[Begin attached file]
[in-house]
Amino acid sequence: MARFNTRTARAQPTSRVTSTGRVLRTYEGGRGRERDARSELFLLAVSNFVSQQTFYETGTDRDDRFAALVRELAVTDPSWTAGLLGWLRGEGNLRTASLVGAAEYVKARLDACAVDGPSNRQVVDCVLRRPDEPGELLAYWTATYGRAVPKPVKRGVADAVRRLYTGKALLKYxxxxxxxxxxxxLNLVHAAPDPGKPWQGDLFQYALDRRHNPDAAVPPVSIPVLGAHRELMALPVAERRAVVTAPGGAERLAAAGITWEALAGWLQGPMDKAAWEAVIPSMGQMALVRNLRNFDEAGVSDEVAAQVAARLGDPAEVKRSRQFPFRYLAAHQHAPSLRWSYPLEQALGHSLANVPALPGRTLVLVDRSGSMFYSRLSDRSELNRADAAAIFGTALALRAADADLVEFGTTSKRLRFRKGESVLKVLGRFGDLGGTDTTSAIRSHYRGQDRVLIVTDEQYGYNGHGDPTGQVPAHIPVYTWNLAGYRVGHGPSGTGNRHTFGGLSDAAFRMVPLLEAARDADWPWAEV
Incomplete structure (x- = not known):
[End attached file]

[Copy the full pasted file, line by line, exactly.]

[in-house]
Amino acid sequence: MARFNTRTARAQPTSRVTSTGRVLRTYEGGRGRERDARSELFLLAVSNFVSQQTFYETGTDRDDRFAALVRELAVTDPSWTAGLLGWLRGEGNLRTASLVGAAEYVKARLDACAVDGPSNRQVVDCVLRRPDEPGELLAYWTATYGRAVPKPVKRGVADAVRRLYTGKALLKYxxxxxxxxxxxxLNLVHAAPDPGKPWQGDLFQYALDRRHNPDAAVPPVSIPVLGAHRELMALPVAERRAVVTAPGGAERLAAAGITWEALAGWLQGPMDKAAWEAVIPSMGQMALVRNLRNFDEAGVSDEVAAQVAARLGDPAEVKRSRQFPFRYLAAHQHAPSLRWSYPLEQALGHSLANVPALPGRTLVLVDRSGSMFYSRLSDRSELNRADAAAIFGTALALRAADADLVEFGTTSKRLRFRKGESVLKVLGRFGDLGGTDTTSAIRSHYRGQDRVLIVTDEQYGYNGHGDPTGQVPAHIPVYTWNLAGYRVGHGPSGTGNRHTFGGLSDAAFRMVPLLEAARDADWPWAEV
Incomplete structure (x- = not known):